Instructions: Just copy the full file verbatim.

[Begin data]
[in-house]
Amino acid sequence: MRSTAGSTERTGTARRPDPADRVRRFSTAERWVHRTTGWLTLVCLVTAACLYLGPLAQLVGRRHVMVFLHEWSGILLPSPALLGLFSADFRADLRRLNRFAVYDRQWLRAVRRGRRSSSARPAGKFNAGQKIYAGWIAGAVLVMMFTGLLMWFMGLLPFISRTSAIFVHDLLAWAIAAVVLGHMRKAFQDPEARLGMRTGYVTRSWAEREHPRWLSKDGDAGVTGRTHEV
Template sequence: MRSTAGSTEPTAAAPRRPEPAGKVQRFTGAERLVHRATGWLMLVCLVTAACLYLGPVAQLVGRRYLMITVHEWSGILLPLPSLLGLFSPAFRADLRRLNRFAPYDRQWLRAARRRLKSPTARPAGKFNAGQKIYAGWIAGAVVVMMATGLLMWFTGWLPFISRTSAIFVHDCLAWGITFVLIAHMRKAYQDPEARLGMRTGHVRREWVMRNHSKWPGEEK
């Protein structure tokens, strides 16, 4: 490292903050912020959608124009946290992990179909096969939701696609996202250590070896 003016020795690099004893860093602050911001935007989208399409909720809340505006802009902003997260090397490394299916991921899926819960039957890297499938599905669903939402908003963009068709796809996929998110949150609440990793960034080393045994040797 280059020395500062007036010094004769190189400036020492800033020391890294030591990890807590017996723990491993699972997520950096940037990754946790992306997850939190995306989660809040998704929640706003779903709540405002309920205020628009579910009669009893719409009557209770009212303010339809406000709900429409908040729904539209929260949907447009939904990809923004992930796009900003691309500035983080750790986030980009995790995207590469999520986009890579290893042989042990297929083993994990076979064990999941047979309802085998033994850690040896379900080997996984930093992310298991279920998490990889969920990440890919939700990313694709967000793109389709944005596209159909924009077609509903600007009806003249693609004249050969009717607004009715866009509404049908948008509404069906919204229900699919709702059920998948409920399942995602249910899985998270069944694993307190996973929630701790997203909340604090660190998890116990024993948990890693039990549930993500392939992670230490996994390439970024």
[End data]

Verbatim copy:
[in-house]
Amino acid sequence: MRSTAGSTERTGTARRPDPADRVRRFSTAERWVHRTTGWLTLVCLVTAACLYLGPLAQLVGRRHVMVFLHEWSGILLPSPALLGLFSADFRADLRRLNRFAVYDRQWLRAVRRGRRSSSARPAGKFNAGQKIYAGWIAGAVLVMMFTGLLMWFMGLLPFISRTSAIFVHDLLAWAIAAVVLGHMRKAFQDPEARLGMRTGYVTRSWAEREHPRWLSKDGDAGVTGRTHEV
Template sequence: MRSTAGSTEPTAAAPRRPEPAGKVQRFTGAERLVHRATGWLMLVCLVTAACLYLGPVAQLVGRRYLMITVHEWSGILLPLPSLLGLFSPAFRADLRRLNRFAPYDRQWLRAARRRLKSPTARPAGKFNAGQKIYAGWIAGAVVVMMATGLLMWFTGWLPFISRTSAIFVHDCLAWGITFVLIAHMRKAYQDPEARLGMRTGHVRREWVMRNHSKWPGEEK
């Protein structure tokens, strides 16, 4: 490292903050912020959608124009946290992990179909096969939701696609996202250590070896 003016020795690099004893860093602050911001935007989208399409909720809340505006802009902003997260090397490394299916991921899926819960039957890297499938599905669903939402908003963009068709796809996929998110949150609440990793960034080393045994040797 280059020395500062007036010094004769190189400036020492800033020391890294030591990890807590017996723990491993699972997520950096940037990754946790992306997850939190995306989660809040998704929640706003779903709540405002309920205020628009579910009669009893719409009557209770009212303010339809406000709900429409908040729904539209929260949907447009939904990809923004992930796009900003691309500035983080750790986030980009995790995207590469999520986009890579290893042989042990297929083993994990076979064990999941047979309802085998033994850690040896379900080997996984930093992310298991279920998490990889969920990440890919939700990313694709967000793109389709944005596209159909924009077609509903600007009806003249693609004249050969009717607004009715866009509404049908948008509404069906919204229900699919709702059920998948409920399942995602249910899985998270069944694993307190996973929630701790997203909340604090660190998890116990024993948990890693039990549930993500392939992670230490996994390439970024």